In a randomized, blinded clinical study with 129 to 132 patients per group, a 10-day titration to a daily tramadol hydrochloride dose of 200 mg (50 mg four times per day), attained in 50 mg increments every 3 days, was found to result in fewer discontinuations due to dizziness or vertigo than titration over only 4 days or no titration.
In a second study with 54 to 59 patients per group, patients who had nausea or vomiting when titrated over 4 days were randomized to re-initiate tramadol hydrochloride therapy using slower titration rates.
A 16-day titration schedule, starting with 25 mg every morning and using additional doses in 25 mg increments every third day to 100 mg/day (25 mg four times per day), followed by 50 mg increments in the total daily dose every third day to 200 mg/day (50 mg four times per day), resulted in fewer discontinuations due to nausea or vomiting and fewer discontinuations due to any cause than did a 10-day titration schedule.
Tramadol Hydrochloride Tablets USP, 50 mg are white to off-white, capsule shaped coated tablet debossed ‘T’ on one side and ‘0’ & ‘3’ separated with score line (functional) on other side.
Bottles of 100 NDC 16571-716-01
Bottles of 500 NDC 16571-716-50
Bottles of 1,000 NDC 16571-716-10
Dispense in a tight container. Store at 20° to 25°C (68° to 77°F) [see USP Controlled Room Temperature].
Store tramadol hydrochloride tablets securely and dispose of properly [see Patient Counseling Information (17)].
Advise the patient to read the FDA-approved patient labeling (Medication Guide).
Storage and Disposal
Because of the risks associated with accidental ingestion, misuse, and abuse, advise patients to store tramadol hydrochloride securely, out of sight and reach of children, and in a location not accessible by others, including visitors to the home [see Warnings and Precautions (5.1, 5.17), Drug Abuse and Dependence (9.2)]. Inform patients that leaving tramadol hydrochloride unsecured can pose a deadly risk to others in the home.
Advise patients and caregivers that when medicines are no longer needed, they should be disposed of promptly. Inform patients that medicine take-back options are the preferred way to safely dispose of most types of unneeded medicines. If no take back programs or Drug Enforcement Administration (DEA)-registered collectors are available, instruct patients to dispose of tramadol hydrochloride by following these four steps:
- Mix tramadol hydrochloride (do not crush) with an unpalatable substance such as dirt, cat litter, or used coffee grounds;
- Place the mixture in a container such as a sealed plastic bag;
- Throw the container in the household trash;
- Delete all personal information on the prescription label of the empty bottle.
Inform patients that they can visit www.fda.gov/drugdisposal for additional information on disposal of unused medicines.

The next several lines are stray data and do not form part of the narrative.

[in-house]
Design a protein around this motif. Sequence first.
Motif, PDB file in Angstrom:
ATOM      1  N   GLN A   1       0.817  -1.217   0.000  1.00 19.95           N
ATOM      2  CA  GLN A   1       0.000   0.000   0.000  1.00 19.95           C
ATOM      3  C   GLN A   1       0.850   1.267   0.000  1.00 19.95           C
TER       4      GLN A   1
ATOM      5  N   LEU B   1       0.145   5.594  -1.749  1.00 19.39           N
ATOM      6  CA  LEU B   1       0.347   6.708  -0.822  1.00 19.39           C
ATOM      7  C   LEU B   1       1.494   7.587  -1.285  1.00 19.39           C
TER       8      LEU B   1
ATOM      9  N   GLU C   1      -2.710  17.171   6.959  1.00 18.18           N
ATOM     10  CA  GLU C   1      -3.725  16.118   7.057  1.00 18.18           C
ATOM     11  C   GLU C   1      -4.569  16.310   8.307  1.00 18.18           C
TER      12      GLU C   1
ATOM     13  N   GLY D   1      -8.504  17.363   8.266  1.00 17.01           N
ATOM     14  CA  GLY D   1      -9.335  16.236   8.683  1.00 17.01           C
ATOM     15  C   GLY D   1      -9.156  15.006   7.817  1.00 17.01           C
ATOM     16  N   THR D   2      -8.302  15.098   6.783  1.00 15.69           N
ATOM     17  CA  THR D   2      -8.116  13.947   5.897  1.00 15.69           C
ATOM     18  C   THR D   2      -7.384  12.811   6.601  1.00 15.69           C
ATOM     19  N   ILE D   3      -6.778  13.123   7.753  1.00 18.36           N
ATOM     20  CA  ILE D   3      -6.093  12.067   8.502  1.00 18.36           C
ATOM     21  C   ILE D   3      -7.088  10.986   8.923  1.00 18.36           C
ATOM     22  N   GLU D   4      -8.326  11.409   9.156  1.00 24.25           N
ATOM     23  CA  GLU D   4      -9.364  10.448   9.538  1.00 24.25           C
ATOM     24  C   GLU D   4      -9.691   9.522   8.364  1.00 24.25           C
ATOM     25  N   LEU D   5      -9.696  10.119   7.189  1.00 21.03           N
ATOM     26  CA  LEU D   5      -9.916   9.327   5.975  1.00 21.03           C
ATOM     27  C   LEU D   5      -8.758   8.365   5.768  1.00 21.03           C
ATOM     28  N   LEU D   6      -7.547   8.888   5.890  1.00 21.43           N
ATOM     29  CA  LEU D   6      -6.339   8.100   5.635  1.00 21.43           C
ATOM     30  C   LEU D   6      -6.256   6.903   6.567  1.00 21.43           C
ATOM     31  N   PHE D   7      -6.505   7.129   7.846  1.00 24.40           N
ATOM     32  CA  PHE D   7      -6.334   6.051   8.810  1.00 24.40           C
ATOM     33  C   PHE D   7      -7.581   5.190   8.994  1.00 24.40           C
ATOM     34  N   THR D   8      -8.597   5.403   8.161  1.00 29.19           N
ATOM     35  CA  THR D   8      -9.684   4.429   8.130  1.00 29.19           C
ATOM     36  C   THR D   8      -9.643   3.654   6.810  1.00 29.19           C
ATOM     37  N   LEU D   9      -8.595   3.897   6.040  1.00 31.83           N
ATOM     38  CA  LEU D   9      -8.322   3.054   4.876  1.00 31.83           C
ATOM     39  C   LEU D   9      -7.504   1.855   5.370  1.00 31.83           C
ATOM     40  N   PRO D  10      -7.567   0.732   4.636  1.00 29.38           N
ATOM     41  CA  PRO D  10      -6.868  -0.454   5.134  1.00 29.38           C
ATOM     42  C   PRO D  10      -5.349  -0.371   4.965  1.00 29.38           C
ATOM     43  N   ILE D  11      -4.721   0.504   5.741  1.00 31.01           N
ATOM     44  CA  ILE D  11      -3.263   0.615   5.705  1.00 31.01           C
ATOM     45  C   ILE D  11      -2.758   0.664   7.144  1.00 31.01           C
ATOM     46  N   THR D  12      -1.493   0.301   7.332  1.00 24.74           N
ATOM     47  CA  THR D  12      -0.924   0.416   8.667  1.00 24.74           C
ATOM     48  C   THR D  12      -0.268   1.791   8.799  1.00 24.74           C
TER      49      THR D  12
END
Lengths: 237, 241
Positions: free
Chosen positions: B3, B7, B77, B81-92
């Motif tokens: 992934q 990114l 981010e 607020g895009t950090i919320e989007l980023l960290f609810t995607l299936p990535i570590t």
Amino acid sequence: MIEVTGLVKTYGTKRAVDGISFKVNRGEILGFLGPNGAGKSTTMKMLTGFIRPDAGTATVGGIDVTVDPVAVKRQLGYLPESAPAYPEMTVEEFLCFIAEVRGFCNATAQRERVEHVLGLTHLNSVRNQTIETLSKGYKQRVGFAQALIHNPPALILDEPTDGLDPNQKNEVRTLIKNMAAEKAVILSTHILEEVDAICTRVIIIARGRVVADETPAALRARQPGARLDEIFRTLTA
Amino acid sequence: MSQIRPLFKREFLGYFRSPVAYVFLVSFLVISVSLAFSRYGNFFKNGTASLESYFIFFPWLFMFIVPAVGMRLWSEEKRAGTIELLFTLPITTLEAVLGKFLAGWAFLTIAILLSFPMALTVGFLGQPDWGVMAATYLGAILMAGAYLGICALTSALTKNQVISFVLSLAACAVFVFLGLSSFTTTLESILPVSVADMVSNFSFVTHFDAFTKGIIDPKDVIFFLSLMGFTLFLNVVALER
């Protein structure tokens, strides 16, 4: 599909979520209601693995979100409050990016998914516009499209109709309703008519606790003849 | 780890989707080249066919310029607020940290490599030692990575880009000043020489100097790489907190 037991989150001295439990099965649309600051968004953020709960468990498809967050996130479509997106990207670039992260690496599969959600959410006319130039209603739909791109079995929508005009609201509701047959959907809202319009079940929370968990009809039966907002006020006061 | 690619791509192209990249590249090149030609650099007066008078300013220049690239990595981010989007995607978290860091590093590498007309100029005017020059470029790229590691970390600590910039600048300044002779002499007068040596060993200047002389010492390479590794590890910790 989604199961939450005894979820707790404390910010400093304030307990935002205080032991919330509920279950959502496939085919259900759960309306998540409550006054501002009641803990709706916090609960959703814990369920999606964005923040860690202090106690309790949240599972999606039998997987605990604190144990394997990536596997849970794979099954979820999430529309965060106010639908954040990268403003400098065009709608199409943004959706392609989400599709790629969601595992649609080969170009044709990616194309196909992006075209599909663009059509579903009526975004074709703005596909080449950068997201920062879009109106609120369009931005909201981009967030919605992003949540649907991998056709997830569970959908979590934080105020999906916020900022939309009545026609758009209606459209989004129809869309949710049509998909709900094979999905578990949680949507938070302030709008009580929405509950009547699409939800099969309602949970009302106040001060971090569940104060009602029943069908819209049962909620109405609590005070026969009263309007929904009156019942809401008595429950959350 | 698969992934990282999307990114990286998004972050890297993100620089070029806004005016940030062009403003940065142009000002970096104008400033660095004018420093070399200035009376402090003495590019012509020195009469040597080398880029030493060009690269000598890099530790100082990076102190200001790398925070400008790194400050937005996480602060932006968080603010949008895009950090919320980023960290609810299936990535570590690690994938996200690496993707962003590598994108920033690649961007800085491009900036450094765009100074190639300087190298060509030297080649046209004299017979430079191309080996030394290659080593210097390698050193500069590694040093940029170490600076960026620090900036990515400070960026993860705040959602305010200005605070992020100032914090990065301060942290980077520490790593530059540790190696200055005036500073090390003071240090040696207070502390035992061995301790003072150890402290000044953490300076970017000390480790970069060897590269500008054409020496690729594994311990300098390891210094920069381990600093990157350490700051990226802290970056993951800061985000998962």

Addiction, Abuse, and Misuse
Inform patients that the use of tramadol hydrochloride, even when taken as recommended, can result in addiction, abuse, and misuse, which can lead to overdose and death [see Warnings and Precautions (5.1)]. Instruct patients not to share tramadol hydrochloride with others and to take steps to protect tramadol hydrochloride from theft or misuse.
Life-Threatening Respiratory Depression
Inform patients of the risk of life-threatening respiratory depression, including information that the risk is greatest when starting tramadol hydrochloride or when the dosage is increased, and that it can occur even at recommended dosages.
Educate patients and caregivers on how to recognize respiratory depression and emphasize the importance of calling 911 or getting emergency medical help right away in the event of a known or suspected overdose [see Warnings and Precautions (5.3)].
Patient Access to Naloxone for the Emergency Treatment of Opioid Overdose
Discuss with the patient and caregiver the availability of naloxone for the emergency treatment of opioid overdose, both when initiating and renewing treatment with tramadol hydrochloride. Inform patients and caregivers about the various ways to obtain naloxone as permitted by individual state naloxone dispensing and prescribing requirements or guidelines (e.g., by prescription, directly from a pharmacist, or as part of a community-based program) [see Dosage and Administration (2.2), Warnings and Precautions (5.3)].
Educate patients and caregivers on how to recognize the signs and symptoms of an overdose.
Explain to patients and caregivers that naloxone’s effects are temporary, and that they must call 911 or get emergency medical help right away in all cases of known or suspected opioid overdose, even if naloxone is administered [see Overdosage (10)].
If naloxone is prescribed, also advise patients and caregivers:
- How to treat with naloxone in the event of an opioid overdose
- To tell family and friends about their naloxone and to keep it in a place where family and friends can access it in an emergency
- To read the Patient Information (or other educational material) that will come with their naloxone. Emphasize the importance of doing this before an opioid emergency happens, so the patient and caregiver will know what to do.